US personal consumption expenditures (PCE) plunged 7.5 per cent in March (month-on-month basis) amid widespread shutdowns triggered by the Covid-19 pandemic, the country's Commerce Department reported.
This marked the sharpest drop in government records since six decades ago, according to a Bloomberg report.
Personal income decreased 2.0 per cent in the month, according to estimates released on Thursday by the Department's Bureau of Economic Analysis.
Disposable personal income (DPI) also fell by 2.0 per cent.
"The decline in March personal income and outlays was, in part, due to the response to the spread of Covid-19, as governments issued 'stay-at-home' orders," the Bureau said.
"This led to rapid changes in demand, as businesses and schools switched to remote work or cancelled operations, and consumers cancelled, restricted, or redirected their spending," it continued.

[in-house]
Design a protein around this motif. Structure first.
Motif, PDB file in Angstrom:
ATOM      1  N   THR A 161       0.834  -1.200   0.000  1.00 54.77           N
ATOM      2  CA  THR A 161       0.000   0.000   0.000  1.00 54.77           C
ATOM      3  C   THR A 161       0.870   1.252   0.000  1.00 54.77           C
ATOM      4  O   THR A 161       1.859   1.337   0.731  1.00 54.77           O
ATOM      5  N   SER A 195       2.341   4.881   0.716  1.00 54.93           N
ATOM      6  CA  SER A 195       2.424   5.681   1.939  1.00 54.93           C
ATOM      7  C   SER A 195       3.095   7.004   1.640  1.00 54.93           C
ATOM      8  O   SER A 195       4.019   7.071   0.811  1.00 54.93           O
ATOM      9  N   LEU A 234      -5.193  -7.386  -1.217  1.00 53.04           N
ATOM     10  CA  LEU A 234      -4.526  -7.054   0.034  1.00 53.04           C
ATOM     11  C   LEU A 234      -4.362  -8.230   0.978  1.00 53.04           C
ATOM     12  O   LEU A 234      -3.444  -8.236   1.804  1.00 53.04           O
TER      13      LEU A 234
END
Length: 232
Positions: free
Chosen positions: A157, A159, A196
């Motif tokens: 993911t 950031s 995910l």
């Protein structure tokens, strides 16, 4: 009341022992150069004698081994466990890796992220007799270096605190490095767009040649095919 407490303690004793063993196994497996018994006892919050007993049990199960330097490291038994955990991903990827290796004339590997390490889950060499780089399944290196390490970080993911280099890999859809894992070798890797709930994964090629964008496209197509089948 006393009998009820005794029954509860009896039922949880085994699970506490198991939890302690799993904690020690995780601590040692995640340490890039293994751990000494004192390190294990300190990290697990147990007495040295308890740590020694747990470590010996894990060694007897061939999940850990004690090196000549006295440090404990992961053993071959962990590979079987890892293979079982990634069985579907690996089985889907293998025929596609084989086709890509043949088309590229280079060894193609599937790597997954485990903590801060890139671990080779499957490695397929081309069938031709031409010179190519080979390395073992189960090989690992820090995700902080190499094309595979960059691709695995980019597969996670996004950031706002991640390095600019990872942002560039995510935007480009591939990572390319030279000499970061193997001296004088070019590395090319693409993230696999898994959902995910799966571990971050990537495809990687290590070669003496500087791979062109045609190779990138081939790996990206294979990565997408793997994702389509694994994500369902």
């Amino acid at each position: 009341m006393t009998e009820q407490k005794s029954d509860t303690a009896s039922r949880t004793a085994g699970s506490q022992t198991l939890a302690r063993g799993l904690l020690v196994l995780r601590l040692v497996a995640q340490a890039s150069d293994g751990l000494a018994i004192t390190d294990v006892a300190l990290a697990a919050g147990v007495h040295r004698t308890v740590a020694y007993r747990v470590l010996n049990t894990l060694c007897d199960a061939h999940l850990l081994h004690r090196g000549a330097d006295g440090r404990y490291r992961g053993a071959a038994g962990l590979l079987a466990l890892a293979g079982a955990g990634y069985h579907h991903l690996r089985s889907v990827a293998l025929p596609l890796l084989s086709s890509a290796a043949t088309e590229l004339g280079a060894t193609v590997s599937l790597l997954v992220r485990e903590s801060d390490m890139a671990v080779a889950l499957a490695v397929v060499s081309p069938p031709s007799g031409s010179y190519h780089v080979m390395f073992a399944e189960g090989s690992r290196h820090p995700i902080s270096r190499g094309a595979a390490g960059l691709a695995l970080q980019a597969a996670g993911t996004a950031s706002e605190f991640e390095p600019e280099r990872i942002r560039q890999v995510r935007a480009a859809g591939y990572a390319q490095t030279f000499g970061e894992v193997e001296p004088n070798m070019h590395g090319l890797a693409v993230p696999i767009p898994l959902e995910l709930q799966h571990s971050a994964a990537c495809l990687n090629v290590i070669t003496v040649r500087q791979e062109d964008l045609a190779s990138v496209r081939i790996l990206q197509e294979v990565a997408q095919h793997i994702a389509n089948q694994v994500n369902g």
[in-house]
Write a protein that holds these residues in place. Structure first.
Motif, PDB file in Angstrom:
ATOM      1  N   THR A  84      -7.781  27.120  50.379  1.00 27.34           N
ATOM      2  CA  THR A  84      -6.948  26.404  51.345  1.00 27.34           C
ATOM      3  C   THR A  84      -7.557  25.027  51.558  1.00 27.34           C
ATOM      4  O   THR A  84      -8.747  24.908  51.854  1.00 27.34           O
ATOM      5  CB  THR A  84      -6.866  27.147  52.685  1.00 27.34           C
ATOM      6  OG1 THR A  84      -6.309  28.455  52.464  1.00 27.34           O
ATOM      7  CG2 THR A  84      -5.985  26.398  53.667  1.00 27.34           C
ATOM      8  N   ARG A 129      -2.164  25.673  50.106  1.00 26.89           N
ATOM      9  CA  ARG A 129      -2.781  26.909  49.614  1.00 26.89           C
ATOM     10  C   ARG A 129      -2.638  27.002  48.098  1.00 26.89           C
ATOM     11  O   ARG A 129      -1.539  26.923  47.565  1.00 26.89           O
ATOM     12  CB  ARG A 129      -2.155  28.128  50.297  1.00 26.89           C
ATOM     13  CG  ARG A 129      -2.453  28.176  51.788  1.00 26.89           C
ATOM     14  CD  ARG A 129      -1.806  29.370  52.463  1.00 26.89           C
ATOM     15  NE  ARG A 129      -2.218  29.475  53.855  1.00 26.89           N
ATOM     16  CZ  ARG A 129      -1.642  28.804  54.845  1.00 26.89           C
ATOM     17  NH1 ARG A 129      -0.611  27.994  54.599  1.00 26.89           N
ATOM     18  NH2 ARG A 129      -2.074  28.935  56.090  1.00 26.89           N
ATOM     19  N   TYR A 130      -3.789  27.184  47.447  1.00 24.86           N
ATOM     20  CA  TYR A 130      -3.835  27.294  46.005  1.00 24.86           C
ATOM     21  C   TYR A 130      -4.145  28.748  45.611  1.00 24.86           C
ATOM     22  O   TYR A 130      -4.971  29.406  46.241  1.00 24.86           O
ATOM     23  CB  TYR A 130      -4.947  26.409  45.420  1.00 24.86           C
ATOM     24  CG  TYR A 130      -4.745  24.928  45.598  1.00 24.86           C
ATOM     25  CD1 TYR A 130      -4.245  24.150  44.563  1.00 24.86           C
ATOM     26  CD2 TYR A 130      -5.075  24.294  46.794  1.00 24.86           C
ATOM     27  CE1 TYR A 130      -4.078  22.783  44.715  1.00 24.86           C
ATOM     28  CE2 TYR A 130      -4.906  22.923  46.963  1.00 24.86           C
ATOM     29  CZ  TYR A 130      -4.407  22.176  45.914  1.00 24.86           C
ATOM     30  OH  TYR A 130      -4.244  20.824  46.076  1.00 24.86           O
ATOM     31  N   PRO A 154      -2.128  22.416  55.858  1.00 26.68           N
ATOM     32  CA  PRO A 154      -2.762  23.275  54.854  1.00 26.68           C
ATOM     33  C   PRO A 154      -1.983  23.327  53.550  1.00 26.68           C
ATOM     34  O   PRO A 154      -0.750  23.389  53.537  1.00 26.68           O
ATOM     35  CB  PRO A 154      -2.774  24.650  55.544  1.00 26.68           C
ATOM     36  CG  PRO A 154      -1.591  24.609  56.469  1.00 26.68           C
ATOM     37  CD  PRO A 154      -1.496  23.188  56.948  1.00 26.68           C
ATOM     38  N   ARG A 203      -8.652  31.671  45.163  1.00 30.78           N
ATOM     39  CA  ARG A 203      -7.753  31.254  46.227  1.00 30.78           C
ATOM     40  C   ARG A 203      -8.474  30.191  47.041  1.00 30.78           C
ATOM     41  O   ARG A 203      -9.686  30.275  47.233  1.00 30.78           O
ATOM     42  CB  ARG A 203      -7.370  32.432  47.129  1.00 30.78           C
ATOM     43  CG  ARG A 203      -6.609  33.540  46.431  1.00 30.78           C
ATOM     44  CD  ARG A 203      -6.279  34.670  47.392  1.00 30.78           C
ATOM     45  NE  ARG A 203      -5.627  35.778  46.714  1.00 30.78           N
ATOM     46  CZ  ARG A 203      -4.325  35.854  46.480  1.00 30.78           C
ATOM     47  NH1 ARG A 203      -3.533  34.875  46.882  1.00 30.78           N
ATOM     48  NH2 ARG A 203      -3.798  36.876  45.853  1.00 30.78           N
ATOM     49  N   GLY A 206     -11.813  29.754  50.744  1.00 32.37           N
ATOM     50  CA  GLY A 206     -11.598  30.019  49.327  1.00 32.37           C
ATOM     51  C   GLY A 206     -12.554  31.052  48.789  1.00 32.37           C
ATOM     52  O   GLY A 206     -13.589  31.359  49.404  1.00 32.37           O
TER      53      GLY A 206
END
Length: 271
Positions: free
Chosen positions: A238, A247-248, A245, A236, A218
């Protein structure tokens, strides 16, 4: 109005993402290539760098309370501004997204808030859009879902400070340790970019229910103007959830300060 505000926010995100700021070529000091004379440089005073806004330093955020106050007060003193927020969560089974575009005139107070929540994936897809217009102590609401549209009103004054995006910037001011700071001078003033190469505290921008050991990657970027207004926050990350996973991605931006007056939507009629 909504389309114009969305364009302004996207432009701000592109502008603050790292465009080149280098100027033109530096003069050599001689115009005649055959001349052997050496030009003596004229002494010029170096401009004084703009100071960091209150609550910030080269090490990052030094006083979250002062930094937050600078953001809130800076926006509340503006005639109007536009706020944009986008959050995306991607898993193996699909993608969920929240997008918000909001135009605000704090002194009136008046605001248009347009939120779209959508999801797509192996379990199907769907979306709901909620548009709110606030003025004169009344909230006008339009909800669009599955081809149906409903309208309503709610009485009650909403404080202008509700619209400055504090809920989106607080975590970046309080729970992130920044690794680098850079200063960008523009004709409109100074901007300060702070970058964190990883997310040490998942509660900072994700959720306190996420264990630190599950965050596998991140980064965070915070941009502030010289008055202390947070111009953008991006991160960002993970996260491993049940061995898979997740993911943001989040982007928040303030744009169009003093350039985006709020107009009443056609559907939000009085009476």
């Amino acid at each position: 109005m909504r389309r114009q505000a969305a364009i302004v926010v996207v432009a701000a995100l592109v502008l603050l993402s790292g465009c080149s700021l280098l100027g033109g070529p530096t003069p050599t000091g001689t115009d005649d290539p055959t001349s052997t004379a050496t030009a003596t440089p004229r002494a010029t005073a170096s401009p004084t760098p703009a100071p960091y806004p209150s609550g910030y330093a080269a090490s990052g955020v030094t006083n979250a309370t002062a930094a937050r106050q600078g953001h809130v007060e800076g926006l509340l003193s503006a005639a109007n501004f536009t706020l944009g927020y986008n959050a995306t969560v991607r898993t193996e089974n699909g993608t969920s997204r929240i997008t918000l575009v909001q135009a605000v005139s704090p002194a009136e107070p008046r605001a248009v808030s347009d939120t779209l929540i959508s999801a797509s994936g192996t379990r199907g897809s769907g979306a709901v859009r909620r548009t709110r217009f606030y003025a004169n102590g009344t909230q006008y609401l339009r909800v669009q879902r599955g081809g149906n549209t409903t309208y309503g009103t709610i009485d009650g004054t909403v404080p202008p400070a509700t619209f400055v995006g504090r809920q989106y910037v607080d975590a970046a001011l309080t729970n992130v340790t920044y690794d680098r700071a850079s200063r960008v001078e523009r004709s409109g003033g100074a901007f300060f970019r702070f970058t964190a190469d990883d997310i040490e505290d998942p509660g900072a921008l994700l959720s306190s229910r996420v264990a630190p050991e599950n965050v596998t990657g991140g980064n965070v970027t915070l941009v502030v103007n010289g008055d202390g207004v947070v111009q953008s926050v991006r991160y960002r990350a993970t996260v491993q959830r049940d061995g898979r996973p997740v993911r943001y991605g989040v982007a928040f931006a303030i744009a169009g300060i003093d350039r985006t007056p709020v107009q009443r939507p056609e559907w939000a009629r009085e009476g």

PCE, which accounts for about two-thirds of the US economy, had seen moderate growth before the pandemic. It increased by 0.2 per cent in February from the prior month.
The personal income and spending data came one day after the Commerce Department reported that US real GDP in the first quarter contracted at an annual rate of 4.8 per cent amid the Covid-19 crisis, the biggest quarterly decline since the 2008 financial crisis.
According to data released on Thursday by the Bureau of Labor Statistics, more than 30 million Americans have applied for jobless claims during the six-week period since mid-March.
The US currently accounts for the highest number of coronavirus cases, as well as deaths in the world. As of Friday morning, the cases increased to 1,069,424, with 63,006 deaths, according to the Johns Hopkins University.